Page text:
reserve property has the meaning given in section 68

resource consent has the meaning given in section 2(1) of the Resource Management Act 1991

RFR means the right of first refusal provided for by subpart 4 of Part 3

RFR area has the meaning given in section 138

RFR land has the meaning given in section 139

settlement date means the date that is 40 working days after the date on which this Act comes into force

statutory acknowledgement has the meaning given in section 28

taonga tūturu

(a)

has the meaning given in section 2(1) of the Protected Objects Act 1975; and

(b)

includes ngā taonga tūturu, as defined in section 2(1) of that Act

Te Kotahitanga o Ngāti Tūwharetoa means the trust of that name established by a trust deed dated 11 April 2017

tikanga means customary law, values, and practices

Tongariro Trout Hatchery and Freshwater Ecology Centre Trust means the trust of that name that—

(a)

must be established before settlement date with its trustees appointed in accordance with clause 7.33.1 of the deed of settlement; and

(b)

on settlement date will be the administering body of the properties described in sections 101(2) and 195(1)

trustees of Te Kotahitanga o Ngāti Tūwharetoa and trustees mean the trustees, acting in their capacity as trustees, of Te Kotahitanga o Ngāti Tūwharetoa

working day means a day other than—

(a)

Saturday, Sunday, Waitangi Day, Good Friday, Easter Monday, Anzac Day, the Sovereign’s birthday, and Labour Day:

(b)

if Waitangi Day or Anzac Day falls on a Saturday or Sunday, the following Monday:

(c)

a day in the period commencing with 25 December in any year and ending with the close of 15 January in the following year:

(d)

the days observed as the anniversaries of the provinces of Auckland and Wellington.

13 Meaning of Ngāti Tūwharetoa

(1)

In this Act, Ngāti Tūwharetoa means te iwi me ngā hapū o Ngāti Tūwharetoa.

(2)

In this section, te iwi me ngā hapū o Ngāti Tūwharetoa means—

(a)

any hapū, whānau, or group to the extent that it is composed of individuals referred to in paragraph (b), including the following hapū:

(i)

Ngāti Haa:

(ii)

Ngāti Hikairo:

(iii)

Ngāti Hine:

(iv)

Ngāti Hinemihi:

(v)

Ngāti Hinerau:

(vi)

Ngāti Hineure:

(vii)

Ngāti Kurauia:

(viii)

Ngāti Manunui:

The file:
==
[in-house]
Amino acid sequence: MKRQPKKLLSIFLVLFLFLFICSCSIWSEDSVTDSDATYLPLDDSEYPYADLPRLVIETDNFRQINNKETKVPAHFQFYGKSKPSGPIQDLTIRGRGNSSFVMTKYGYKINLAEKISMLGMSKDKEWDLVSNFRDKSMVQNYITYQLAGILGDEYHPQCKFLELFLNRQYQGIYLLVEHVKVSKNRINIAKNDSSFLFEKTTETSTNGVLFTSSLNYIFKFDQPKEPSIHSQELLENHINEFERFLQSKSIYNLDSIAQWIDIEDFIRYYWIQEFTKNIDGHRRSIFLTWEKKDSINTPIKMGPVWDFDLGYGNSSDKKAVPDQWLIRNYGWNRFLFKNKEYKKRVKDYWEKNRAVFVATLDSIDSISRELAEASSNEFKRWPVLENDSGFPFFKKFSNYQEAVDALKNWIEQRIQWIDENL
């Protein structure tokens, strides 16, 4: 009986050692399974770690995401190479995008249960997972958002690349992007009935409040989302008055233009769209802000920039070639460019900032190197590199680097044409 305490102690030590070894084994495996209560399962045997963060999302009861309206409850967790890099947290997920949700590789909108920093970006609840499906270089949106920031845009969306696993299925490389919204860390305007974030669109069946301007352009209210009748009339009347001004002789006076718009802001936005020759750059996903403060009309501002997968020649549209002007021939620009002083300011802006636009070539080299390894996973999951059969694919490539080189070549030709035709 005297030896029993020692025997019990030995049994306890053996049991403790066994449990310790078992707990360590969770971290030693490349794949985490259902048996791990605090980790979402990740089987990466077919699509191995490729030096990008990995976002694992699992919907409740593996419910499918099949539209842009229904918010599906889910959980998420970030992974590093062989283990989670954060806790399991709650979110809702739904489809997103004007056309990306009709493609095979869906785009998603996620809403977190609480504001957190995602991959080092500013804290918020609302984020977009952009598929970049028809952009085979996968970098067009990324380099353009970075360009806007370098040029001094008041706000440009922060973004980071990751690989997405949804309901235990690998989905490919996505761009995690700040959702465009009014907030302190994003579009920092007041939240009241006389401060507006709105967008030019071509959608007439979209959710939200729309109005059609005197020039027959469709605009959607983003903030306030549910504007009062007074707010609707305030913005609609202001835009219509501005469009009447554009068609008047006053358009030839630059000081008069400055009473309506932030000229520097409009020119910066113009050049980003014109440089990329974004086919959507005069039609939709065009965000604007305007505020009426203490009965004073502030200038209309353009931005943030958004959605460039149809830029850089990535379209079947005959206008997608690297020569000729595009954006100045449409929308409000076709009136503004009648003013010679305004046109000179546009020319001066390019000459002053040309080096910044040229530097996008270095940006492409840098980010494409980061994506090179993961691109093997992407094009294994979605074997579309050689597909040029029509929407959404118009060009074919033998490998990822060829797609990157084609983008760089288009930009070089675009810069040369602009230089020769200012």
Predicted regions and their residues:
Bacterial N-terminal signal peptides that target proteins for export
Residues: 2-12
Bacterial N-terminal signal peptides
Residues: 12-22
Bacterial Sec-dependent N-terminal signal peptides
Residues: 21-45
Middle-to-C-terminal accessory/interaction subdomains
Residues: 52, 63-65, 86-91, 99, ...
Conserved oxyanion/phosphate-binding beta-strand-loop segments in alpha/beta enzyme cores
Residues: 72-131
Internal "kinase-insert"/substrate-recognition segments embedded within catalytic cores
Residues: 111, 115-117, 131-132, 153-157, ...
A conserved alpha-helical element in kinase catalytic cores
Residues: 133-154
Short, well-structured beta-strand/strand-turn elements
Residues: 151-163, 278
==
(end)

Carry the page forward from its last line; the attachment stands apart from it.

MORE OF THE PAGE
(ix)

Ngāti Moekino:

(x)

Ngāti Parekaawa:

(xi)

Ngāti Rauhoto:

(xii)

Ngāti Rongomai:

(xiii)

Ngāti Ruingārangi:

(xiv)

Ngāti Tarakaiahi:

(xv)

Ngāti Te Kohera:

(xvi)

Ngāti Te Maunga:

(xvii)

Ngāti Te Rangiita:

(xviii)

Ngāti Te Urunga:

(xix)

Ngāti Tūrangitukua:

(xx)

Ngāti Turumākina:

(xxi)

Ngāti Tūtemohuta:

(xxii)

Ngāti Tūtetawhā:

(xxiii)

Ngāti Waewae:

(xxiv)

Ngāti Wairangi:

(xxv)

Ngāti Whēro:

(xxvi)

Te Kapa o Te Rangiita; and

(b)

the collective group composed of individuals who are descended from a Ngāti Tūwharetoa tupuna; and

(c)

every individual referred to in paragraph (b); but

(d)

does not include—

(i)

Ngāti Tūwharetoa ki Kawerau (Bay of Plenty); or

(ii)

any member of Ngāti Hineuru who trace descent to Ngāti Tūwharetoa only through the tupuna Hineuru.

(3)

In this section and section 14,—

Ngāti Tūwharetoa tupuna means an individual who—

(a)

exercised customary rights by virtue of being descended from—

(i)

Ngātoroirangi through the eponymous tupuna Tūwharetoa; or

(ii)

any other recognised ancestor of a hapū listed in subsection (2)(b); and

(b)

exercised the customary rights predominantly in relation to the area of interest at any time after 6 February 1840

area of interest means the area shown as the Ngāti Tūwharetoa area of interest in part 1 of the attachments

customary rights means rights exercised according to tikanga Māori, including—

(a)

rights to occupy land; and

(b)

rights in relation to the use of land or other natural or physical resources

descended means that a person is descended from another person by—

(a)

birth; or

(b)

legal adoption; or

(c)

Māori customary adoption in accordance with Ngāti Tūwharetoa tikanga.

14 Meaning of historical claims

(1)

In this Act, historical claims

(a)